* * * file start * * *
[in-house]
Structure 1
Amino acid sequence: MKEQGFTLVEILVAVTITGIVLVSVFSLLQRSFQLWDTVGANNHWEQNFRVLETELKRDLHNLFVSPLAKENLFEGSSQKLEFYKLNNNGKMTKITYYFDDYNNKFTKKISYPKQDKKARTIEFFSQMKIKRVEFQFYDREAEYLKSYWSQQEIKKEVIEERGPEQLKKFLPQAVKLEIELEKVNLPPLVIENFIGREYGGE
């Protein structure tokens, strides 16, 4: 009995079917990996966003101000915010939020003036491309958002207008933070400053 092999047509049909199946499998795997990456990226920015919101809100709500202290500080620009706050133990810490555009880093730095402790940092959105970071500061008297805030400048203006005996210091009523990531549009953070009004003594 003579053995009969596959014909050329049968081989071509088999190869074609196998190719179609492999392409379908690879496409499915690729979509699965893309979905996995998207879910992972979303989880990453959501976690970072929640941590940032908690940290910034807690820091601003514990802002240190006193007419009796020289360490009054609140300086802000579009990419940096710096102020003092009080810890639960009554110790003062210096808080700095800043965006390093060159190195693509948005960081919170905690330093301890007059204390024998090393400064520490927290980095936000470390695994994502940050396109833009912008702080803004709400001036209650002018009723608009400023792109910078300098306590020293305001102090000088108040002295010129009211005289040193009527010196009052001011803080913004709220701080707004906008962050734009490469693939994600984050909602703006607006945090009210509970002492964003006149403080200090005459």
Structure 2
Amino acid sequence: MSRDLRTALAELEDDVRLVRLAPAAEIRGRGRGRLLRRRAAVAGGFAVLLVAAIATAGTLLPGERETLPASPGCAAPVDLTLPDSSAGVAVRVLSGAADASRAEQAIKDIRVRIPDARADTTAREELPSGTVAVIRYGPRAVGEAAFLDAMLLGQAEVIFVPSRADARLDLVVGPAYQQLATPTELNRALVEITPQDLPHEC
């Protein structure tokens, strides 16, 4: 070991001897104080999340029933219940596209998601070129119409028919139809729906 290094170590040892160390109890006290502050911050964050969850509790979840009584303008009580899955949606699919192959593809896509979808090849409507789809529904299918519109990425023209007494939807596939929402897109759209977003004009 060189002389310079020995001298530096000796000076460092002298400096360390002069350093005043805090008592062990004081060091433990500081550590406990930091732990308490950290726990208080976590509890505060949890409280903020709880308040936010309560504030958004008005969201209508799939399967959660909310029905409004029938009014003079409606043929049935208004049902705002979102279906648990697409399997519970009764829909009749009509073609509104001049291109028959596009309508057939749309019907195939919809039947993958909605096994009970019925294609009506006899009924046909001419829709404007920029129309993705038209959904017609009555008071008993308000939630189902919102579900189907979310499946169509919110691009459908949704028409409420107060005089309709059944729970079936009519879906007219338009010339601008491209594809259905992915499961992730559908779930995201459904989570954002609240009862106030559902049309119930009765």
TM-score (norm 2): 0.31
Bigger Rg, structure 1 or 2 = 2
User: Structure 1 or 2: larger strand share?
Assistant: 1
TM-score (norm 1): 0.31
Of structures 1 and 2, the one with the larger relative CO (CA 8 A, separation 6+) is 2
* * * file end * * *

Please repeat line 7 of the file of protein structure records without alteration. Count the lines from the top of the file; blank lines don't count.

């Protein structure tokens, strides 16, 4: 070991001897104080999340029933219940596209998601070129119409028919139809729906 290094170590040892160390109890006290502050911050964050969850509790979840009584303008009580899955949606699919192959593809896509979808090849409507789809529904299918519109990425023209007494939807596939929402897109759209977003004009 060189002389310079020995001298530096000796000076460092002298400096360390002069350093005043805090008592062990004081060091433990500081550590406990930091732990308490950290726990208080976590509890505060949890409280903020709880308040936010309560504030958004008005969201209508799939399967959660909310029905409004029938009014003079409606043929049935208004049902705002979102279906648990697409399997519970009764829909009749009509073609509104001049291109028959596009309508057939749309019907195939919809039947993958909605096994009970019925294609009506006899009924046909001419829709404007920029129309993705038209959904017609009555008071008993308000939630189902919102579900189907979310499946169509919110691009459908949704028409409420107060005089309709059944729970079936009519879906007219338009010339601008491209594809259905992915499961992730559908779930995201459904989570954002609240009862106030559902049309119930009765």